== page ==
First, let’s set up our import statements:

import * as os from 'os';
import { promises as fsPromises } from 'fs';
import * as path from 'path';

import { flags, SfdxCommand } from '@salesforce/command';
import { Messages } from '@salesforce/core';
import { AnyJson } from '@salesforce/ts-types';

import * as mkdirp from 'mkdirp';
import * as Chance from 'chance';
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The first set represents core Node modules that we’ll need to use in our CLI plugin. The second set represents core modules required by sfdx. Finally, the third set represents third-party npm packages that our plugin needs to function. Let’s not forget to add those module dependencies to our project.

npm install mkdirp chance --save
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Moving on, paste these lines after the import statements:

// Initialize Messages with the current plugin directory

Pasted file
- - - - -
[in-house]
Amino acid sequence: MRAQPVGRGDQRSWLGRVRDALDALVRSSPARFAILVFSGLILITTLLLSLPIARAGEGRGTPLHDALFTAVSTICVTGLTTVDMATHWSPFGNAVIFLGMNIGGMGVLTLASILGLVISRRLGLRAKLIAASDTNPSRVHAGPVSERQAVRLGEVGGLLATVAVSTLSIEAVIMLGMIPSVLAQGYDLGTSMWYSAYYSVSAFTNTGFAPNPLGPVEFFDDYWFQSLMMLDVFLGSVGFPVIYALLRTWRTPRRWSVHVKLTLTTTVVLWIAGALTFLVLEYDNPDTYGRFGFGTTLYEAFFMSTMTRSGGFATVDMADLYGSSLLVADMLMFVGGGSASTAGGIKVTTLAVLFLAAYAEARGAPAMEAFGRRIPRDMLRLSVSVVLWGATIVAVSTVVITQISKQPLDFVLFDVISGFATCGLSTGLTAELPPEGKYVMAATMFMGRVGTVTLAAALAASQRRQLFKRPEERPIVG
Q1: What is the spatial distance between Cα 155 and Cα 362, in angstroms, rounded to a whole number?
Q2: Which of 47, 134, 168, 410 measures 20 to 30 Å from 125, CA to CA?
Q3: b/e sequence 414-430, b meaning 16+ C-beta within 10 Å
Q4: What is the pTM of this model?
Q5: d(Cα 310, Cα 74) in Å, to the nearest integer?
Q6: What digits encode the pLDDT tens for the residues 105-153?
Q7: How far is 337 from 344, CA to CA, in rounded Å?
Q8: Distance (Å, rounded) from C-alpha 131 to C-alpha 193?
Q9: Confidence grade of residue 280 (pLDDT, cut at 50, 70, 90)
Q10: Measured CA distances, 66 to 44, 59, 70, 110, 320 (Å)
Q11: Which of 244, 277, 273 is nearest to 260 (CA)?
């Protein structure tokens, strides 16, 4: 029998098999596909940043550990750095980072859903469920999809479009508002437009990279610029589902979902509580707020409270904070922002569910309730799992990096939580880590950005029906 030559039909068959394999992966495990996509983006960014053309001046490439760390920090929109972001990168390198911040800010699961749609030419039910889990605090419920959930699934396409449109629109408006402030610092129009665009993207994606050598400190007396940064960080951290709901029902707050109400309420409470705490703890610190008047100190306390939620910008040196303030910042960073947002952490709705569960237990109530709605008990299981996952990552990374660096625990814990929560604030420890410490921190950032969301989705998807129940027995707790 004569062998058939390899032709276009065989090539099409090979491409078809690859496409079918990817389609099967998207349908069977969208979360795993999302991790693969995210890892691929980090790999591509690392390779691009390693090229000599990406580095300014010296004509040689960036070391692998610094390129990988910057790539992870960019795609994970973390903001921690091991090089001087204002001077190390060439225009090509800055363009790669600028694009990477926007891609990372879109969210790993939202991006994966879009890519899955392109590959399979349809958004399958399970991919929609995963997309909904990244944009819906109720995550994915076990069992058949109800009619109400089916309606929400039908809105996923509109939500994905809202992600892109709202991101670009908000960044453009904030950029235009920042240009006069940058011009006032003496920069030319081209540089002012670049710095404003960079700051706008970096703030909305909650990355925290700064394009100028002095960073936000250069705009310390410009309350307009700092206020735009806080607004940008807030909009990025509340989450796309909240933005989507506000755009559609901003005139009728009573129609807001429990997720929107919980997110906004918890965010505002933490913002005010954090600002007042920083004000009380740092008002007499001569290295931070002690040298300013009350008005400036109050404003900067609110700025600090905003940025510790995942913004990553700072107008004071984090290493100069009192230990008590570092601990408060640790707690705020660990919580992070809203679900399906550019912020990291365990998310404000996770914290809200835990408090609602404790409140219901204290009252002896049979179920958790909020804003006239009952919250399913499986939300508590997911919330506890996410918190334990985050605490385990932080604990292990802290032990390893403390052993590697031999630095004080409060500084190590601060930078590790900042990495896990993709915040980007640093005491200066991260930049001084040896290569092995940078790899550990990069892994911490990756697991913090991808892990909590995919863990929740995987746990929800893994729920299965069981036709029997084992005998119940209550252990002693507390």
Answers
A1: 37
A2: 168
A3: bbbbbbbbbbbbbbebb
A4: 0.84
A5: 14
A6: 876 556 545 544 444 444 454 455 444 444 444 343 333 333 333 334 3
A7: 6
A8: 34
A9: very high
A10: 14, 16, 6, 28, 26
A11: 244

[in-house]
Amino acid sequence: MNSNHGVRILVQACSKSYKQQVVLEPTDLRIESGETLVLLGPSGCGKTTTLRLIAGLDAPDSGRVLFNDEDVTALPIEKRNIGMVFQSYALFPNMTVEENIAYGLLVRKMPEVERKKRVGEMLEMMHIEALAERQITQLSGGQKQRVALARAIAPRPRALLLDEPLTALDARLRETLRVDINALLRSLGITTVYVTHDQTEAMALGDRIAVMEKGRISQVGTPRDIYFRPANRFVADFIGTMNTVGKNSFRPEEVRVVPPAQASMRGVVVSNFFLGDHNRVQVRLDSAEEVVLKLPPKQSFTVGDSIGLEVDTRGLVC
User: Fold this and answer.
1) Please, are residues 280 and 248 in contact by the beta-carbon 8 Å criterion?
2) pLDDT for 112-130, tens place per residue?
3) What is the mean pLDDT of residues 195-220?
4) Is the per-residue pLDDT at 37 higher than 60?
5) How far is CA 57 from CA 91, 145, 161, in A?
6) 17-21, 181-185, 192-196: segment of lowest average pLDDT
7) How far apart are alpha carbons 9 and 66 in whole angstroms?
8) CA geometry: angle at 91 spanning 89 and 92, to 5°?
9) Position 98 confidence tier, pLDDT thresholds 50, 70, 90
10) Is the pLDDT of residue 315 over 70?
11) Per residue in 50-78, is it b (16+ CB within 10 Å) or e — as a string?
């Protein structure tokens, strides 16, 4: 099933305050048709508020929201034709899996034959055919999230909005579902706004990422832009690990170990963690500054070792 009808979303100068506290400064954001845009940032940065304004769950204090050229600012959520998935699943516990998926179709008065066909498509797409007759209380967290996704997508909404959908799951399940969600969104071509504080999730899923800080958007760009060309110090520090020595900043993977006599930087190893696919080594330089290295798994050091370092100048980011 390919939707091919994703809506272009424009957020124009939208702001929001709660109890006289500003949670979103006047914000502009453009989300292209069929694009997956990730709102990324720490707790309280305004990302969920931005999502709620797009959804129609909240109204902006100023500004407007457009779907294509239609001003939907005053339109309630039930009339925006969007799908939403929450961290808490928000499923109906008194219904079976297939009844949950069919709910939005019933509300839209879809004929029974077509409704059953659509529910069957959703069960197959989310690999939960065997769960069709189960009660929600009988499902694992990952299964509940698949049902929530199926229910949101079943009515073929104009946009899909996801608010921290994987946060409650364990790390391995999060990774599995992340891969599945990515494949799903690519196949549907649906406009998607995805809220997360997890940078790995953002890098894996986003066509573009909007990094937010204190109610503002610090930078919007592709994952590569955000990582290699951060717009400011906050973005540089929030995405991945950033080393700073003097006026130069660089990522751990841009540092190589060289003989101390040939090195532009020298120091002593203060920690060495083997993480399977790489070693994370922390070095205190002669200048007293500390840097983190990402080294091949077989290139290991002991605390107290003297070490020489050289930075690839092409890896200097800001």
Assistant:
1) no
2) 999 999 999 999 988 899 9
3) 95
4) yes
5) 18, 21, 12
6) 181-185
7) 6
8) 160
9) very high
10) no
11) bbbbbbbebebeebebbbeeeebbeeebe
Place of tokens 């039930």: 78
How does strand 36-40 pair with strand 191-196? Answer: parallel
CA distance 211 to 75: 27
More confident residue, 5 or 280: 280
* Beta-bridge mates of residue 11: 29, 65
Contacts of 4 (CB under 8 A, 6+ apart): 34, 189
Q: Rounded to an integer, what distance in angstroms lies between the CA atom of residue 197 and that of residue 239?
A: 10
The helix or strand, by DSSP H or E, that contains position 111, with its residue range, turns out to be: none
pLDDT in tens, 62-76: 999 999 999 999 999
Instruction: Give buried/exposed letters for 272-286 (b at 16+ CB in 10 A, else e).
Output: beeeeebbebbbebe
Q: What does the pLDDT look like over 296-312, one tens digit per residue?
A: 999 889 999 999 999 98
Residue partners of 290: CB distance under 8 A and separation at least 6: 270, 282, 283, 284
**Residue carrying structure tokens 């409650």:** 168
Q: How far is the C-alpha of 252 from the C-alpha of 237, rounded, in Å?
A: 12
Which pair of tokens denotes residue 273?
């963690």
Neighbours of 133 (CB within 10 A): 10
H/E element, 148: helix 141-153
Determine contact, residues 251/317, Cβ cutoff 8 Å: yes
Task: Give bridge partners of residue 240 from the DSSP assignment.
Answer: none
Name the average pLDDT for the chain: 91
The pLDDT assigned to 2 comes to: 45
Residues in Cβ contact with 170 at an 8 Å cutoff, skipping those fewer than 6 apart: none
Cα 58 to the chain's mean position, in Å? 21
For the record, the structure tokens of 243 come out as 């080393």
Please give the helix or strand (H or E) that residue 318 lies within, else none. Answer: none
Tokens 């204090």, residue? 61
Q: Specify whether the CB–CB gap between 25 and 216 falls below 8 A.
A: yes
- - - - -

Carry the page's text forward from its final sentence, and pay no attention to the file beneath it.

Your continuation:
// Load the specific messages for this file. Messages from @salesforce/command, @salesforce/core,
// or any library that is using the messages framework can also be loaded this way.
const messages = Messages.loadMessages('fixture-data-demo', 'generate');
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We’ll get to the use of this messages variable shortly. For now, keep it in mind, and continue pasting these code blocks:

export default class Generate extends SfdxCommand {
 public static description = messages.getMessage('commandDescription');

 public static examples = messages.getMessage('examples').split(os.EOL);